By now you’ve probably heard about the app. Everyone in America hates the app that was used — or, I guess, not used — in the Iowa caucuses, leading to a delay in the vote count. Maybe one day we’ll find out who won the Iowa caucus. Maybe it was me? Did I win the Iowa caucus? At this point, nobody can say I didn’t, and that’s nice.
Anyway: Amid conspiracy theories, worries about foreign interference, claims of victory made in the absence of definitive numbers, and general disorder, what is immediately clear from various media reports is that the Iowa-caucus app was crippled not by lax security, but by too much. An overcorrection from the mistakes of 2016 — when DNC servers were infiltrated by Russia-backed hackers — executed in the clumsiest way possible.
According to a copy of the software obtained by Vice, it was called the IowaReporterApp, and it was developed by a political vendor called Shadow. Unlike most apps, the Iowa-caucus app was not available on app storefronts like Google Play on Android and the App Store on iOS. Instead, caucus chairs had to sideload the app onto their phones, bypassing the storefronts. Many technology companies use these systems when conducting beta tests prelaunch. On Android, users were asked to do this using an enterprise system called TestFairy. iOS has an equivalent system called TestFlight.
Simply installing the app proved to be a problem for many caucus chairs who weren’t immediately fluent in app sideloading. In the Washington Post yesterday afternoon, caucus chair Zach Simonson recalled, “When I’d downloaded it on January 31, the installation instructions had been convoluted: You had to fill out a survey, which then got you a link, and then you had to download a different app, and enter in a code from your email, and then you would get the real app.”
The reason for this was security. It was meant to keep unauthorized people out. Unfortunately, it also locked out the people it was meant to convenience. “Caucus chairs who need their grandkids to program their DVRs,” as Simonson put it.
A user of the Iowa app told Vice the app had a number of security measures that required more than the standard username and password. This included users punching in a rotating onetime password (a common form of two-factor authentication) and submitting their precinct PIN. The system apparently failed after the onetime password, when the app encountered an error and threw up the vague message, “Oops! Something went wrong.”
But that an unspecified something had gone wrong was about as much information as users received. Most robust software has specific error codes for specific issues, to help users diagnose the problem, but the Iowa app simply suggested “there could be a misconfiguration in the system or a service outage.” That could mean almost anything. Was the app buggy? Were the servers authenticating the login down? Had the Wi-Fi or cell reception gone kaput? It was impossible for a user — or a tech-support person trying to help them — to know.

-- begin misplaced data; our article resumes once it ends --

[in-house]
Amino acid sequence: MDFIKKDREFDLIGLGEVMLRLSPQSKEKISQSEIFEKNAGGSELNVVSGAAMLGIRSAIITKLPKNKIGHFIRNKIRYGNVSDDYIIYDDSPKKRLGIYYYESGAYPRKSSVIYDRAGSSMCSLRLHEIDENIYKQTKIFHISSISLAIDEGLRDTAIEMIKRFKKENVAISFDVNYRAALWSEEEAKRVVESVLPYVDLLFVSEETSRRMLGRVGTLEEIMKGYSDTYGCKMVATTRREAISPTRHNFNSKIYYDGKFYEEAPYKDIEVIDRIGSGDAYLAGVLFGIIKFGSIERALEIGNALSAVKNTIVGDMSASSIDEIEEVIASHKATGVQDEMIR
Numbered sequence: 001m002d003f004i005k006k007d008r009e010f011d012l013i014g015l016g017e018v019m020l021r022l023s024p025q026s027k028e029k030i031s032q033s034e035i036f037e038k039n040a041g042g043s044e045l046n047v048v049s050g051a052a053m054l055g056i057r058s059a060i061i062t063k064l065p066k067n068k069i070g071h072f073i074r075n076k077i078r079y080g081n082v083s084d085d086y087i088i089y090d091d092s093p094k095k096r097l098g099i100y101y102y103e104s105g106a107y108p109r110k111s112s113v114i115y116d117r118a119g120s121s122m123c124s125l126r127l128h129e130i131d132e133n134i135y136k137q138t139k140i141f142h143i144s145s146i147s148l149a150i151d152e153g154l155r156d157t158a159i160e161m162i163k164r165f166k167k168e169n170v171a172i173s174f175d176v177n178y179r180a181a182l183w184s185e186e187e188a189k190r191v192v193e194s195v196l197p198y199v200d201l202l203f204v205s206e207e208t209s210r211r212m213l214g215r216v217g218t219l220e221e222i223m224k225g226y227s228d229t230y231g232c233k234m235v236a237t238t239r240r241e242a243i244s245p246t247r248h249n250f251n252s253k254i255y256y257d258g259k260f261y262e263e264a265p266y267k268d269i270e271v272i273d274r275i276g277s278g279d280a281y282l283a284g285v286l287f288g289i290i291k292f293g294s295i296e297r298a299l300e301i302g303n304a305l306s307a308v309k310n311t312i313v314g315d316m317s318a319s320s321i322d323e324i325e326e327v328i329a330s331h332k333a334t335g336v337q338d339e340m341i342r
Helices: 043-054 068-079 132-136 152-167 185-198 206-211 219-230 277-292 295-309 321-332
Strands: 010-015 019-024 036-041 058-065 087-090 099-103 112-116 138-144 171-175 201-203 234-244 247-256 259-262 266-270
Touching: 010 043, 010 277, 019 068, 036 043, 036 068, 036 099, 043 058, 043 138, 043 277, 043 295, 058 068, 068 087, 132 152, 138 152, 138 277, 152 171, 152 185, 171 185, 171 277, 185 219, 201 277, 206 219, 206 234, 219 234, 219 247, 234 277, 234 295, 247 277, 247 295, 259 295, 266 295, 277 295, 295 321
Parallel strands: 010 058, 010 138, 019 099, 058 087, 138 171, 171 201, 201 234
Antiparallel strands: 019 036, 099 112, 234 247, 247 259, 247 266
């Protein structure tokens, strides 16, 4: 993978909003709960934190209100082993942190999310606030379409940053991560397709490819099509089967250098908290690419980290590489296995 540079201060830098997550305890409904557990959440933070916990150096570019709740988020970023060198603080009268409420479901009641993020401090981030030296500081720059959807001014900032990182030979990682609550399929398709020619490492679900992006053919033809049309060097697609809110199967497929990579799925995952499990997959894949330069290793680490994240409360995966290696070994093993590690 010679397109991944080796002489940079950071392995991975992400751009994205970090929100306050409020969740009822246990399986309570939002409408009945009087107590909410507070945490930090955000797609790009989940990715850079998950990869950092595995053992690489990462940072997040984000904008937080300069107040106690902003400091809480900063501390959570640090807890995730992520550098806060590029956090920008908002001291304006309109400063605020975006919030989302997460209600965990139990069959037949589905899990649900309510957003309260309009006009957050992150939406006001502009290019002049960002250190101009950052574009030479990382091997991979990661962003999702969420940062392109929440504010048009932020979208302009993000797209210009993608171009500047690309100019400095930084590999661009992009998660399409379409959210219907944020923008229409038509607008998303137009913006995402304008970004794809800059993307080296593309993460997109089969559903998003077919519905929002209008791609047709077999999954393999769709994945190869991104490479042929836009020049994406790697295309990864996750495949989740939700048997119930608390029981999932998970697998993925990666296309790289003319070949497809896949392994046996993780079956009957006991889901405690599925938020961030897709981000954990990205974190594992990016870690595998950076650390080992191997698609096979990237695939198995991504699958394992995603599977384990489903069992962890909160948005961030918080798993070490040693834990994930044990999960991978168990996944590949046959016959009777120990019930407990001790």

Compounding this mystery regarding the buggy app was the mystery around who made it. We now know it was the work of Shadow, an offshoot of a progressive political firm called Acronym. But last night, that information was still only known to a select few members of the Iowa Democratic Party, who kept the vendor’s name secret. “The Iowa Democratic Party has declined to disclose some details about the app, such as the vendor that made it, saying that doing so could inadvertently help potential cyber attackers,” The Wall Street Journal reported.
The security failures of 2016 came back to haunt Democrats last night as they buried themselves in an unsustainable amount of security protocols, requiring technical novices to jump through hoops to acquire and log in to the app. Shadow didn’t effectively test it beforehand, and rushed it out the door days ago. Party officials refused to make the app’s code available to third-party experts who could verify that it was secure and that it worked. The Democrats tried to keep their election process completely secure from outside attacks and ended up shooting themselves in the foot.
Relative to technology, the political process moves at a slow pace. But the year will be full of elections, and it’s too late for Democrats to keep trying to work out the kinks, overcorrecting one way or the other. If the people in charge of our elections can’t figure out how to properly balance digital security with accessibility, then computers have no place in our electoral system. The paper ballot, Iowa’s backup, works just fine. And unlike an app, it will never be fully obsolete.